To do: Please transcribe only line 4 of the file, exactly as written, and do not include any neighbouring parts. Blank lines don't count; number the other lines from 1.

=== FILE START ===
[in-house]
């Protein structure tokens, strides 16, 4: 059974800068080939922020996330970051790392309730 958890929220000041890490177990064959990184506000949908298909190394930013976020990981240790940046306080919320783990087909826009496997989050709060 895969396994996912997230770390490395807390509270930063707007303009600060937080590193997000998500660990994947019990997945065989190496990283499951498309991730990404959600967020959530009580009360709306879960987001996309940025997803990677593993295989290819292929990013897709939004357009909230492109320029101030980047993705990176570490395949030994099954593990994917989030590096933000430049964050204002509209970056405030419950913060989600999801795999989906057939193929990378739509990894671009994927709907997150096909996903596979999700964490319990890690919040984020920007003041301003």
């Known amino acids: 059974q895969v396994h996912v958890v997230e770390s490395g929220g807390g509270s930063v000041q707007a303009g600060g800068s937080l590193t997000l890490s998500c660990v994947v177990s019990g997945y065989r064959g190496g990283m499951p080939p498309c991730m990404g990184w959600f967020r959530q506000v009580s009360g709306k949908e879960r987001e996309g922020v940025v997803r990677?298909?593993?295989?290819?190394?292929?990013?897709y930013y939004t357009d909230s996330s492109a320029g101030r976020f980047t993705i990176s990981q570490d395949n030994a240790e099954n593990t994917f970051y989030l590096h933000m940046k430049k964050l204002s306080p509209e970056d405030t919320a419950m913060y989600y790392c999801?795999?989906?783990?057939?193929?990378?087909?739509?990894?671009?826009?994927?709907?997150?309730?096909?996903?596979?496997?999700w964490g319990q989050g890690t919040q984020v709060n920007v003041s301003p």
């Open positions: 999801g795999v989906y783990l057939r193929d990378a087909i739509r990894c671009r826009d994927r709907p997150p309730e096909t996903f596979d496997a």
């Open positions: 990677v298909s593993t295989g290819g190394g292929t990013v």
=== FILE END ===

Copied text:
């Open positions: 999801g795999v989906y783990l057939r193929d990378a087909i739509r990894c671009r826009d994927r709907p997150p309730e096909t996903f596979d496997a």